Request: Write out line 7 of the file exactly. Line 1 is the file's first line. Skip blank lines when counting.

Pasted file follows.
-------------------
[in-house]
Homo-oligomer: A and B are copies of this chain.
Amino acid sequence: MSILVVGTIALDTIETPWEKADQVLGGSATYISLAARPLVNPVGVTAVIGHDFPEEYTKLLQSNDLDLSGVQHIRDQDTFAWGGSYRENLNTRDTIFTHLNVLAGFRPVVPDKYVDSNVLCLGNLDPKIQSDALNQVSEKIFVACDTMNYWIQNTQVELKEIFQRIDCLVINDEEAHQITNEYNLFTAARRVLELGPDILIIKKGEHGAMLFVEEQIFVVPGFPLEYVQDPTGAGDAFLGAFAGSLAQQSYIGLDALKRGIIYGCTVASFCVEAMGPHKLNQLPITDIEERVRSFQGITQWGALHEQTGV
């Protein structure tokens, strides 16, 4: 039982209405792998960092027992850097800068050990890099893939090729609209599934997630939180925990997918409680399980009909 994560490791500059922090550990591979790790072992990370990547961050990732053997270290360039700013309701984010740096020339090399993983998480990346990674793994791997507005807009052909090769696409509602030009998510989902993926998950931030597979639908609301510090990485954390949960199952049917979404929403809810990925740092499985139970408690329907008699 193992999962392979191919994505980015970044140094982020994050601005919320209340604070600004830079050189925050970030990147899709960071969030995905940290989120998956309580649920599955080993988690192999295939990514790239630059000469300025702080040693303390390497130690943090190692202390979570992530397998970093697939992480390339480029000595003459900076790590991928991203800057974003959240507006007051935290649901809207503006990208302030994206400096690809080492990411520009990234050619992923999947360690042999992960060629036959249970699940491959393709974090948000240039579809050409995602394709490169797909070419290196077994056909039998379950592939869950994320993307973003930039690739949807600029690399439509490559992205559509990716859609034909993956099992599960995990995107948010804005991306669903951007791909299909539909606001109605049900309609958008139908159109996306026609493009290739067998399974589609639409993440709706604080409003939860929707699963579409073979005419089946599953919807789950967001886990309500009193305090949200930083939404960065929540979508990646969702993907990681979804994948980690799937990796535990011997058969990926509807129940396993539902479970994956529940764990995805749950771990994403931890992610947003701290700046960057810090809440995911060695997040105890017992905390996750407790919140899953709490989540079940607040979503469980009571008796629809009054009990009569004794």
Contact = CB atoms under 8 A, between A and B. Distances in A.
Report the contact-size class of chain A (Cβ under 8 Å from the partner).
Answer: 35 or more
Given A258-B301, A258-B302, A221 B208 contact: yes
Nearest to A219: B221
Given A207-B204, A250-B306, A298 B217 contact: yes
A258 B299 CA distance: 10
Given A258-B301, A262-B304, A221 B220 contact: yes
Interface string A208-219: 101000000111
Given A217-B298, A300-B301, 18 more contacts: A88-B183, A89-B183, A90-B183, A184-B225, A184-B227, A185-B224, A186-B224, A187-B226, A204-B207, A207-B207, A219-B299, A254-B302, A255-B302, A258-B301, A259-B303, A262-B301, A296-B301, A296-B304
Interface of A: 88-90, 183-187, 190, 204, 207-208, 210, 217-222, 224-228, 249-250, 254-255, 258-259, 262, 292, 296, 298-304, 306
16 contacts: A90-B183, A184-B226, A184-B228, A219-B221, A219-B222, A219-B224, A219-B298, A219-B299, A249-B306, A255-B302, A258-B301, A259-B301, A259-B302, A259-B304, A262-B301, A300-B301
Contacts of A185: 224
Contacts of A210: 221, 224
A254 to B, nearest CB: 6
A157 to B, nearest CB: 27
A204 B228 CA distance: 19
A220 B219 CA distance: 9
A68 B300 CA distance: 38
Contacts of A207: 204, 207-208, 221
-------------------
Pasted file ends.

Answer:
Answer: 35 or more